Friday, October 8, 2021

The View From Olympus


As I tried to suggest in my post the other day, rich people really are different from us, and people like Justin Trudeau, part of that rarified group, have no desire to really disrupt their status quo. 

While it might seem reductionist, in my view that fact goes a long way toward explaining the inability of the Canada Revenue Agency to recoup taxes that have been sheltered in off-shore havens. If you believe that the CRA acts without political interference, you need only remember how Harper sicced them on non-profits that were active on environmental issues, often embarrassing the prime minister in the process. The same thing is happening under the Liberal administration; it is just taking a different form.

And people are noticing the CRA's apparent impotence:

Five years, 200 audits, zero charges, Oct. 5

Aside from hearing how the wealthy continue to evade paying taxes in this country, what is even more infuriating is reading about how the Canada Revenue Agency (CRA) does very little to recoup this money or charge these people for this kind of criminal activity … all the while charging hundreds, even thousands of dollars in penalties and fees to small businesses or average citizens for filing our taxes late or not making our payments on time.

Heidi Bigl, Toronto

Heidi Bigl is not the only one. Writes Terry Glavin:

As for Canada’s diligence in capturing tax revenue — it’s not much to boast about. It was only after the ICIJ’s Panama Papers bombshell in 2016 that the CRA dropped a court fight intended to prevent the Parliamentary Budget Officer from releasing estimates on how much the treasury was being effectively bilked out of revenue by individuals and corporations resorting to secret offshore accounts. That was just one minor impact the Panama Papers had on government policies worldwide, but Canada remains a laggard in corporate transparency.

And the same laxity seems to apply to money-laundering:

For years, Transparency International Canada has been campaigning against what it calls “snow-washing,” a kind of money-laundering that allows foreign investors to hide dubiously sourced capital in Canadian assets, notably real estate. It was only earlier this year that the federal government promised to introduce a searchable “beneficial ownership” registry in the House of Commons.

The adverse impacts of snow-washing in real estate is most noticeable in British Columbia, where a provincial expert panel reckoned in 2018 that in that year alone, money-launderers had sunk $5.3 billion into real estate investments, mostly in Metro Vancouver. It’s a racket that’s been going on for years, causing dramatic distortions in the city’s house prices, and it has spurred B.C. to introduce a beneficial ownership registry of its own.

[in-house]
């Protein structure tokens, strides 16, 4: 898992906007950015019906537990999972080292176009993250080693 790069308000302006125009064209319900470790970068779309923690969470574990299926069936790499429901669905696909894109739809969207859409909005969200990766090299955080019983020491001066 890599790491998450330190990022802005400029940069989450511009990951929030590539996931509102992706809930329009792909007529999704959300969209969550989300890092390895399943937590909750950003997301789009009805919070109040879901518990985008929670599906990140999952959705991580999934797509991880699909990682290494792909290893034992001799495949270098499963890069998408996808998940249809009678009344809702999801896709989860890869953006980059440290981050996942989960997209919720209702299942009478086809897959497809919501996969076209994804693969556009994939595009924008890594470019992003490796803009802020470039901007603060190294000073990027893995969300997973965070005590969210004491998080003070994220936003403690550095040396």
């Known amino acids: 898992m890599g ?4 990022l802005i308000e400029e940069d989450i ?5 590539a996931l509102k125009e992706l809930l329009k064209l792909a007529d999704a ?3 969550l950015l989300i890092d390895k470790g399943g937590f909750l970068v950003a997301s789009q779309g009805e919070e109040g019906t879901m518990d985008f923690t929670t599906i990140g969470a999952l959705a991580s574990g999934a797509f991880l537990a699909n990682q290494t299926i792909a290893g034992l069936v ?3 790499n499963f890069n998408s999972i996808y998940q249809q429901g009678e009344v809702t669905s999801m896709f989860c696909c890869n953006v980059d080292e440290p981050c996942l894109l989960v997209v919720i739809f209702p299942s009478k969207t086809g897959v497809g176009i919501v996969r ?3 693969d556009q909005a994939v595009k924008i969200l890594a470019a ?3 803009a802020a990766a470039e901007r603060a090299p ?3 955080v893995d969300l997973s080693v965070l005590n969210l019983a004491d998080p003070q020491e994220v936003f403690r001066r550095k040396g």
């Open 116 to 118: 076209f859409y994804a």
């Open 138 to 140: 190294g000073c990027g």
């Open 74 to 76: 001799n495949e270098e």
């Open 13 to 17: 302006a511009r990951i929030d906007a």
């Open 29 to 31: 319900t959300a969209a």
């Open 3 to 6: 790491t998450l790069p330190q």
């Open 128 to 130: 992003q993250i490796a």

The promise of a federal registry to identify the real owners of corporations investing in Canada was made in the Liberal budget that was introduced in the House of Commons last April. The registry is supposed to come into effect within five years. But a federal election has since come and gone. So will Ottawa finally act to clean up Canada’s reputation and start collecting taxes on the super-rich with the same rigour the CRA applies to the rest of us?

We’ll see.

The view from Olympus can be dizzying, and it is a great height to fall from. Hubris and nemesis, anyone?


  1. It appears that, if you have enough money, Lorne, you can buy youself a government.

    1. And that is one of the reasons unfettered capitalism is so loved by so few, Owen.

  2. As the title of Andrew Potter's book, "In Decline," demonstrates, this sort of lax failure is incidental to the decline of the West. It's evidence of dysfunctional governance. In the case of climate change it has gone on for decades. On a more general basis we can trace this dysfunction to Harper and, now, his successor. The longer term risk is the rise of a disaffected electorate, the public alienated from their governments. I think there's a causal relationship between this dysfunction and the rise of tribalism.

    1. I think you are right, Mound, but it bothers the elite not a whit, believing, as they do, that great wealth offers great protection from the growing dysfunction the rest of society has to contend with.

  3. Quick opinion: the status quo will continue.

    Have you read this?

    1. I see little prospect of change either, Toby, and thanks for the link. I read the Guardian every day, but missed this piece by the always insightful Monbiot.